How to play a song in reverse, in Windows, with Audacity
Have you ever wondered what a certain song would sound like when played back in reverse? Or did you ever stumble on Illuminati messages hidden away in plain sight, that you can hear only when listening those songs backwards ? Or you want to check whether Paul from the Beatles was really dead or not? Whatever reason you might have to want to learn how to play a song in reverse, we’ve got you covered. Read this tutorial and you’ll learn how to reverse songs in no time on any computer or device with Windows:
Download and install Audacity on your Windows PC or device
The first thing you need to make in order to be able to play a song in reverse and save it in its new form on your Windows computer is to download and install a program called Audacity. You can find it as a free download, here: Audacity.
Audacity is a free program that is designed to help you work with one or multiple audio files and perform sound editing. It’s an open source tool, which means that it’s completely free for anyone to use. There are no hidden costs, no advertisements, no crapware and no limitations whatsoever.
Before going ahead with the next steps from this guide, download its latest version and install it on your Windows computer or device. The installation part is very simple and straightforward, so we’ll not get into details on that. Just follow the instructions of the setup wizard.
Open the song that you want to reverse, in Audacity
Once you’ve installed Audacity on your computer, launch it. This is what you should see the first time you open it:
Close the “Welcome to Audacity!” message. If you plan on using Audacity often, and you don’t want to have to close the welcoming message each time you open it, make sure that you also check the option “Don’t show this again at startup” before closing the window.
Open the File menu from the top left corner of the window, and then click or tap on Open…
Browse through your Windows computer or device and locate the song that you want to reverse. When you’ve found it, select it and click or tap on Open.
Audacity will immediately load the song you’ve selected. You should see something similar to the screenshot below:
Note that in order to load a song in Audacity you can also drag and drop it onto its window, or you can use the keyboard combination “Ctrl + O" to bring up the Open File dialogue.
Use Audacity to apply the reverse effect on your song
Now that the song is loaded in Audacity , all that remains for us to do to make it play backwards, is to apply the Reverse effect. To do that, you must first Select the entire song. Open the Edit menu, go to Select and then click or tap on All.
Note that you can achieve the same result by simultaneously pressing the “Ctrl + A” keys on your keyboard.
Once the whole track is selected, open the Effect menu from the top of Audacity’s window and look for the Reverse option. Click or tap on it.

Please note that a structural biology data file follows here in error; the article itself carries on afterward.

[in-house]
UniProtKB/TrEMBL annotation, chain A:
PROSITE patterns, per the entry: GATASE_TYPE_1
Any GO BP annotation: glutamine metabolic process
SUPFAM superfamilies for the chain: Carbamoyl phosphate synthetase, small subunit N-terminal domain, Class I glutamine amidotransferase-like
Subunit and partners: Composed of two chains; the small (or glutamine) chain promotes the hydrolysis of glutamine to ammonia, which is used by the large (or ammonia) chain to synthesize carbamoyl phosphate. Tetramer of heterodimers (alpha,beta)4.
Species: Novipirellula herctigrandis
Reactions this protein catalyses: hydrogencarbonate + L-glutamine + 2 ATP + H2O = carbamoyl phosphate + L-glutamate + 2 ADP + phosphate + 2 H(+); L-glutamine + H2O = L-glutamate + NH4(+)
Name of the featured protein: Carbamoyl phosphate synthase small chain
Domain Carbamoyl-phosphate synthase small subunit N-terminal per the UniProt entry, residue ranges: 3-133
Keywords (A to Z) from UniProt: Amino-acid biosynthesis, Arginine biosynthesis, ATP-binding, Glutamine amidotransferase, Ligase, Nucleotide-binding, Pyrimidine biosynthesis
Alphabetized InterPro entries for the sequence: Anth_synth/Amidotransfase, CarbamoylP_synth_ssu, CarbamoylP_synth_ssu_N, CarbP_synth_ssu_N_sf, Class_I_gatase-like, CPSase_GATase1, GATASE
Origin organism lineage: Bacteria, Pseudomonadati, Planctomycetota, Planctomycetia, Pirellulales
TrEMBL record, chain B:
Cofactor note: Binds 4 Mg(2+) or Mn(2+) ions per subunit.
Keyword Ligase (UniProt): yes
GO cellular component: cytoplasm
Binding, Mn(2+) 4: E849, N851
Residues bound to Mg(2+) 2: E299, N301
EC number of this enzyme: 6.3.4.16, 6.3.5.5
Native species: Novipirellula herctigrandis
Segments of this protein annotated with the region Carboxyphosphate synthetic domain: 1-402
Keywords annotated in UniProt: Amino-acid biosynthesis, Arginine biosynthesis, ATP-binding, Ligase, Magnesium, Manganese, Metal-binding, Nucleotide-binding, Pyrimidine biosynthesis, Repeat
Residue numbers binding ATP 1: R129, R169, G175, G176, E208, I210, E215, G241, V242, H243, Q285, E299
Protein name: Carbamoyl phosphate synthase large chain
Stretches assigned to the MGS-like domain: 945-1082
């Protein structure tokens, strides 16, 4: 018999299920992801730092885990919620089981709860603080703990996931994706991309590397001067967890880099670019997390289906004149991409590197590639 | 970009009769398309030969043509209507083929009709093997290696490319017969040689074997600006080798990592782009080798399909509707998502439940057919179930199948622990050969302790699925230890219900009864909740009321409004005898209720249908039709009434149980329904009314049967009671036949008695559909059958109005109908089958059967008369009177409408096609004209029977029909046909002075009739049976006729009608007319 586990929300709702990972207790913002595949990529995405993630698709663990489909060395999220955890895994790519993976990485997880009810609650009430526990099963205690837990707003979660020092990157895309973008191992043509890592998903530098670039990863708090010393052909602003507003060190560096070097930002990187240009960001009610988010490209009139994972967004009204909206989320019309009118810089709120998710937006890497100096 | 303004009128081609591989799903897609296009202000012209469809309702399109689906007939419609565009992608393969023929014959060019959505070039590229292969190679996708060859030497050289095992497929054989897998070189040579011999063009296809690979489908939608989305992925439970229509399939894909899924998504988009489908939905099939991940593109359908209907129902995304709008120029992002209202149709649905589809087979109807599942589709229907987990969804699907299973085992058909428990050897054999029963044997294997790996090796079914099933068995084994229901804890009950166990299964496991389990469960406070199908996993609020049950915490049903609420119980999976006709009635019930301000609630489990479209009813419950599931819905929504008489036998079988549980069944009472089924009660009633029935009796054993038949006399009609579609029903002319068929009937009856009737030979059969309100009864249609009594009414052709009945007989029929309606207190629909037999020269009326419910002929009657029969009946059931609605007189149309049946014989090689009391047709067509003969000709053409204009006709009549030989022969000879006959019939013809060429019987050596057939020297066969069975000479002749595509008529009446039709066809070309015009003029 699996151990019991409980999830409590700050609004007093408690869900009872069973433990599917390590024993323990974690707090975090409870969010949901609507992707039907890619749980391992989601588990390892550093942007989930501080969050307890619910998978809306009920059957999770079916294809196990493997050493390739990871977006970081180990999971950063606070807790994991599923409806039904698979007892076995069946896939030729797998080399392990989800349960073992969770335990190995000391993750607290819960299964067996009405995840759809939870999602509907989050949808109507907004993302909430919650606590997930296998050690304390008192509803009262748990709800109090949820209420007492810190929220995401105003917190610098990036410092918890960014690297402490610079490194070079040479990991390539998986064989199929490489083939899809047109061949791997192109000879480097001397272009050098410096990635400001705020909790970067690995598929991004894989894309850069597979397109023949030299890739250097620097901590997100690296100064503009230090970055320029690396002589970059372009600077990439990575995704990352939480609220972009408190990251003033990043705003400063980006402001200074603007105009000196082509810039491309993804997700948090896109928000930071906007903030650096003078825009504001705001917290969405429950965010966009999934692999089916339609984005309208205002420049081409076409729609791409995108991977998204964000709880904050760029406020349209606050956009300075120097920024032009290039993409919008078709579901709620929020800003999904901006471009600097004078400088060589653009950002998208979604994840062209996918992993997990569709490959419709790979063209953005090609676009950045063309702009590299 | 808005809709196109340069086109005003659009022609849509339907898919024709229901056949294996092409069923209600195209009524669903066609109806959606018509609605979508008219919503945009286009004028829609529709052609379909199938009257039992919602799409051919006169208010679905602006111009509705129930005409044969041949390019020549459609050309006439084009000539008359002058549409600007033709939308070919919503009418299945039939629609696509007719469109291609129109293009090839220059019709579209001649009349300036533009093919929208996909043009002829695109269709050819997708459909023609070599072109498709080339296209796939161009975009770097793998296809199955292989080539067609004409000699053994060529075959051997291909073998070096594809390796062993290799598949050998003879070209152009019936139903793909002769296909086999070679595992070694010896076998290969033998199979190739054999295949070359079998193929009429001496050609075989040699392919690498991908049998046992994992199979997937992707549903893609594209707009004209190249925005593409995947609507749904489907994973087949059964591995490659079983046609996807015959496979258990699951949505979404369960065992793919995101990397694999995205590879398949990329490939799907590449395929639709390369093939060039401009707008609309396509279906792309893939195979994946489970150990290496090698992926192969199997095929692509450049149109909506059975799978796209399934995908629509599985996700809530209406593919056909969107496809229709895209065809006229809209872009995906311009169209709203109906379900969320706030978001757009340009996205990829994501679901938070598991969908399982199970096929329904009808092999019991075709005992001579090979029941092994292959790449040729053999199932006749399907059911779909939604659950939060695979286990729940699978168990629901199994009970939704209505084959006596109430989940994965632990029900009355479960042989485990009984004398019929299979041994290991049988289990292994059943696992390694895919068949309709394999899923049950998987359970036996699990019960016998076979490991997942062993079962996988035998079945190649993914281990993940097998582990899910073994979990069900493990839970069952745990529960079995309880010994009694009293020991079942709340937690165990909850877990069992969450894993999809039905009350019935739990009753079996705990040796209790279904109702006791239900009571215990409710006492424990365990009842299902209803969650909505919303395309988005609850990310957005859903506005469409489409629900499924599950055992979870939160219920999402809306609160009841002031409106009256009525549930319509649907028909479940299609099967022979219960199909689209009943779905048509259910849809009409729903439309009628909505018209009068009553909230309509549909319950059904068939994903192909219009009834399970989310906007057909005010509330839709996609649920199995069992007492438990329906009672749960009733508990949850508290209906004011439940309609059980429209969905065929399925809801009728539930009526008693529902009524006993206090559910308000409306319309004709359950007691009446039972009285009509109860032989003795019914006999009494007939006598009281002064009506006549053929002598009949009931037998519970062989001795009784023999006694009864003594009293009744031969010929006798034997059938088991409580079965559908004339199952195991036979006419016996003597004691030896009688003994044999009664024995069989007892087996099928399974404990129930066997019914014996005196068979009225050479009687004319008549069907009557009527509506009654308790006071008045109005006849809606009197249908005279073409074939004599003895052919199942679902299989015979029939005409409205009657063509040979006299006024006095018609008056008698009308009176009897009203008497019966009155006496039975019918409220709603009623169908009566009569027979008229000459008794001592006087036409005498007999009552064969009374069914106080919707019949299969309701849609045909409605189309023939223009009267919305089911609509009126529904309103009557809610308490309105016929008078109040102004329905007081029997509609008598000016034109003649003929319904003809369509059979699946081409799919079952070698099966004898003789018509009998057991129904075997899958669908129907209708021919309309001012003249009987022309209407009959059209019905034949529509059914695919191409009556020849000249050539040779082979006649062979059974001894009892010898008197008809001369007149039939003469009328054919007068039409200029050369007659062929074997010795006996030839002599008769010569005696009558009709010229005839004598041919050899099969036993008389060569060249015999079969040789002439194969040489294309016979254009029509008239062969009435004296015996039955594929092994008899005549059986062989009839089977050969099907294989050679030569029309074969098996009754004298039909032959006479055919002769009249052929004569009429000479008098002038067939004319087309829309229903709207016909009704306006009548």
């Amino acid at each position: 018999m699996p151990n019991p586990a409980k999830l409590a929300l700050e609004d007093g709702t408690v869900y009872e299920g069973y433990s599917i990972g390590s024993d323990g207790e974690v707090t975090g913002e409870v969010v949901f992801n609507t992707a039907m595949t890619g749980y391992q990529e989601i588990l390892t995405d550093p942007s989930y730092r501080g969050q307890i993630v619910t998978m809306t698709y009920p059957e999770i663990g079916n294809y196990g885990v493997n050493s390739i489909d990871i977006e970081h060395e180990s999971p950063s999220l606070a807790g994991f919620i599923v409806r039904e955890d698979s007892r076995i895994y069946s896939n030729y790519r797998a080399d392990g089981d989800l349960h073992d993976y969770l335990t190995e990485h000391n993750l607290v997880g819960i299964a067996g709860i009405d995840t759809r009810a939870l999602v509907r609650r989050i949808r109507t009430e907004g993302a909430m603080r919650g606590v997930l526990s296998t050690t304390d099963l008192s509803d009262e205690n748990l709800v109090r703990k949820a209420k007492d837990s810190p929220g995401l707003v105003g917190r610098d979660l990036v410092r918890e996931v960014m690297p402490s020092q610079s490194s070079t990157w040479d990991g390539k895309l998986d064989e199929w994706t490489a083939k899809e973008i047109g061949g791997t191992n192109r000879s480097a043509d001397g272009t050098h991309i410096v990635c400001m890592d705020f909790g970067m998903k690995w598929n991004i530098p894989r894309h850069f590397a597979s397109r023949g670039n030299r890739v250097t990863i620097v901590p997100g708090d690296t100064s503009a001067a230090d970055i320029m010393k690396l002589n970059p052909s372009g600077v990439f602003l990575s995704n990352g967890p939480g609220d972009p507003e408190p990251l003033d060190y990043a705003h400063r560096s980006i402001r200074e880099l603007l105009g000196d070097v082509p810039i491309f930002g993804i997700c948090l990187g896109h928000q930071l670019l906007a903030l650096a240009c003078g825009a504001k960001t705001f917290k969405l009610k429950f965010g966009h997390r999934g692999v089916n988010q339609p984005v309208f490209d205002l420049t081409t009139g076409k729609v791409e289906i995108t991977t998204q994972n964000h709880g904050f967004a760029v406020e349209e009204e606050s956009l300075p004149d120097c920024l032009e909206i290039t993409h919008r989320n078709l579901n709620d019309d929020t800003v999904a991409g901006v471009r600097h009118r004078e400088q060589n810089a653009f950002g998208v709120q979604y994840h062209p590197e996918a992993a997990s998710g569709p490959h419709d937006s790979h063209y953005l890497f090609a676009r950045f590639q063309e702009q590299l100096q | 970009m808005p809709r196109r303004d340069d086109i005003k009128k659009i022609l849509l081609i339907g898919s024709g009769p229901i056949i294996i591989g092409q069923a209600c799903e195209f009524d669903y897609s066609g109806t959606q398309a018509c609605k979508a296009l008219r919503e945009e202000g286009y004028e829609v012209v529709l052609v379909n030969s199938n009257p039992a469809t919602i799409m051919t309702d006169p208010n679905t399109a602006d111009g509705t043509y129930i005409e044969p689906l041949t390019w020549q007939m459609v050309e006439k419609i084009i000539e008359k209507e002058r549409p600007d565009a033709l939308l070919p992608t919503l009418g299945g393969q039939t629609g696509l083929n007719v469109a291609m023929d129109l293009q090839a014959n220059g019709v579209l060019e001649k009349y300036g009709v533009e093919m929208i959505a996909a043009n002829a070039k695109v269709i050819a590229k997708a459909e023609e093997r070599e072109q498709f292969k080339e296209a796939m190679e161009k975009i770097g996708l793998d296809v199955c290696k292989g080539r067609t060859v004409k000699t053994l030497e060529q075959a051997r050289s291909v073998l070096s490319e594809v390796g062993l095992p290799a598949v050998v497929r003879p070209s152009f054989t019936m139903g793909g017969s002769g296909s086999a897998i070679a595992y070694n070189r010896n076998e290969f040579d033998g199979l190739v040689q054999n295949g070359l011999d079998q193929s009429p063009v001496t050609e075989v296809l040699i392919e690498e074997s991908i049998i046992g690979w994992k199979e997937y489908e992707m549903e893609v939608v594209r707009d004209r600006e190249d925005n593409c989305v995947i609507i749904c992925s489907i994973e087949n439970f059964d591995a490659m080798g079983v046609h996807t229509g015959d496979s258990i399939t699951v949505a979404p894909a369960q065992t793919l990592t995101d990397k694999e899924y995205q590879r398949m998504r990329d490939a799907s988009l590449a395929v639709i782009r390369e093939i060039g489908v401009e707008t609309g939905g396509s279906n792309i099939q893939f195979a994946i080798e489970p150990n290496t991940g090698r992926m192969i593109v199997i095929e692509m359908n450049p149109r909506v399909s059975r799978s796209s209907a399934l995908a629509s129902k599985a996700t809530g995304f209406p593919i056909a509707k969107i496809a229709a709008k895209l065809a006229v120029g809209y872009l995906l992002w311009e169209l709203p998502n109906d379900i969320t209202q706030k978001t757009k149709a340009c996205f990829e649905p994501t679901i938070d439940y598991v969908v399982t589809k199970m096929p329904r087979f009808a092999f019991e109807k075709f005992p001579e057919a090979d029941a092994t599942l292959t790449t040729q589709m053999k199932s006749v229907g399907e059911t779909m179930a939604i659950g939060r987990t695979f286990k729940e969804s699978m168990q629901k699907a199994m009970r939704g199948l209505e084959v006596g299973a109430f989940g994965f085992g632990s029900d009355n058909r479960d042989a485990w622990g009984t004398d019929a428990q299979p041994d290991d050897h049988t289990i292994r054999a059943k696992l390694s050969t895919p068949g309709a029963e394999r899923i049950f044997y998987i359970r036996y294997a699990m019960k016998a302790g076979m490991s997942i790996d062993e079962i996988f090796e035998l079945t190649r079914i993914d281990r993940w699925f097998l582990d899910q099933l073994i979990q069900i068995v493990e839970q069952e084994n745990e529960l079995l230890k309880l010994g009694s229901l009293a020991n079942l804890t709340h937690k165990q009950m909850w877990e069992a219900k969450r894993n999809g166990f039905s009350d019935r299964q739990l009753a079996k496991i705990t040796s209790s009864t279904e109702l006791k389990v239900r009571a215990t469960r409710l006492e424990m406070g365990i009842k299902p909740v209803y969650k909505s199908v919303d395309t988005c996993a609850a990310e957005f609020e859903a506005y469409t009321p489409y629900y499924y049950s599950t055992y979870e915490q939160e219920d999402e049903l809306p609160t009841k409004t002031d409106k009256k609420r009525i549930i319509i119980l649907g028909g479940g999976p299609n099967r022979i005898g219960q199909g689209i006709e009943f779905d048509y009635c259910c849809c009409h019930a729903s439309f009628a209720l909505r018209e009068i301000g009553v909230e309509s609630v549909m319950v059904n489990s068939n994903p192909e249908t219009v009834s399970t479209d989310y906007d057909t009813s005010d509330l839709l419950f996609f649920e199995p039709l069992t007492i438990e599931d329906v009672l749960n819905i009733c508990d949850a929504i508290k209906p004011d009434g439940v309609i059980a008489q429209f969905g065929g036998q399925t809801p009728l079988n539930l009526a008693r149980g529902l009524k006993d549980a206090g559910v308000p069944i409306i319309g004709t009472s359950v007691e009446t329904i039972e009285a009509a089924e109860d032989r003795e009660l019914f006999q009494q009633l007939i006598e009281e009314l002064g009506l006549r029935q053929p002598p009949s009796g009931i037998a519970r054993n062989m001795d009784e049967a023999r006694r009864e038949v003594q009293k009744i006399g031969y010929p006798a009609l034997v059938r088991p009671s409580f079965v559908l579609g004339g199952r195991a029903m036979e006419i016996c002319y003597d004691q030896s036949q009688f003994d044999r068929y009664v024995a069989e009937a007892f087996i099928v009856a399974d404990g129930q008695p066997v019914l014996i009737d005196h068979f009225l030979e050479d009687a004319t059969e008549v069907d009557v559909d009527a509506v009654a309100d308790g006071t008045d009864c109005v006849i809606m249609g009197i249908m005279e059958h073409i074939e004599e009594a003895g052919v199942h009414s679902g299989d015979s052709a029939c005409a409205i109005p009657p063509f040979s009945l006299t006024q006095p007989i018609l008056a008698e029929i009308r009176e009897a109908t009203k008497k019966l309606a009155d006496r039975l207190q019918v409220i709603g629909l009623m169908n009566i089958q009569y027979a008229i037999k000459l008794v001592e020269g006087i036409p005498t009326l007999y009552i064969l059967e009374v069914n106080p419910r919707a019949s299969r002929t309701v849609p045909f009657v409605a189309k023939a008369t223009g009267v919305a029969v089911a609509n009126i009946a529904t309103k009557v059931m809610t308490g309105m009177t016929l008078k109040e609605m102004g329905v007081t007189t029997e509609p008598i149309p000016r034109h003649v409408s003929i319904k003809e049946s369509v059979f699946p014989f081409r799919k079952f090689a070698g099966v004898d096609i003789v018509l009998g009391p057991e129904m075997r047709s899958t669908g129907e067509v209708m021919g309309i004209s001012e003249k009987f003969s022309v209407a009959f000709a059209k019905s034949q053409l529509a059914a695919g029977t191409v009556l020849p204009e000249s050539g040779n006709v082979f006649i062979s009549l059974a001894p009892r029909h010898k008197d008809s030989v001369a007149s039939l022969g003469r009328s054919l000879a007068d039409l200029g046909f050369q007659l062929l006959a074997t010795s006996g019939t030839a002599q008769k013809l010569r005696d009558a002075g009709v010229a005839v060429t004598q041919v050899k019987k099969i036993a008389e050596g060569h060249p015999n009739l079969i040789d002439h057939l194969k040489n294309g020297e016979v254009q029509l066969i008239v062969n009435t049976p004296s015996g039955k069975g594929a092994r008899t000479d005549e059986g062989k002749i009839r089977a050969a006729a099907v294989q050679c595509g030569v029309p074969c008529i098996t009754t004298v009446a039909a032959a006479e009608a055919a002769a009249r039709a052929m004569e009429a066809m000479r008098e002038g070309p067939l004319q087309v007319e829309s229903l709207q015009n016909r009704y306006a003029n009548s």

After Audacity finishes reversing the song, you can listen to a preview of how it sounds. To do that, use the playback controls from the top left part of the window and click or tap Play.
If you like the result, go to the next step of this tutorial and save your reversed song.
Save the reversed song
You’ll probably want to save the reversed song so that you’ll be able to enjoy this backwards experience repeatedly, using any media player you like and without having to use Audacity each time. If that’s the case, now is the time to open the File menu again and then click or tap the Export Audio… option.
Audacity will open an Export Audio dialog window, in which you can select where you want to save the song on your computer, what name and what type the file will have. Choose the location and the name as you like, but pay a bit more attention to the file type that you want to use. The safest bet you can make is to go with the default “WAV (Microsoft) signed 16 bit PCM” file type. It’s going to work on any Windows computer, no matter the version of the operating system, but the downside is that you’ll get a file that’s pretty large in size. On the other hand, if you want to use another file format, you might find that you must also install the appropriate audio codecs on your system, in case you don’t already have them. Once you’ve made up your mind, click or tap on the Save button .
Before saving the end result of the reversed song, Audacity lets you edit its metadata. Make the changes you want, if you want, and then click or tap on OK.
Audacity will now save your song, where you asked it to, in its new reversed form.
Use your favorite media player to play the reversed song
…and look for hidden messages :) Just kidding… or maybe not - it’s all your choice now and the reasons for why you wanted to find out how to playback a song in reverse are none of our business. :)
But, you should know that you can now use any media player you want to listen to the backwards song, and if you are indeed looking for hidden messages, here are some ideas: Wikipedia - List of backmasked messages.
That’s all folks! Sounds like nostalgia, doesn’t it? How would this sound like if it were played backwards? If you find out, or if you know of any special songs that are more interesting when reversed than when played back normally, don’t hesitate to leave us a comment below.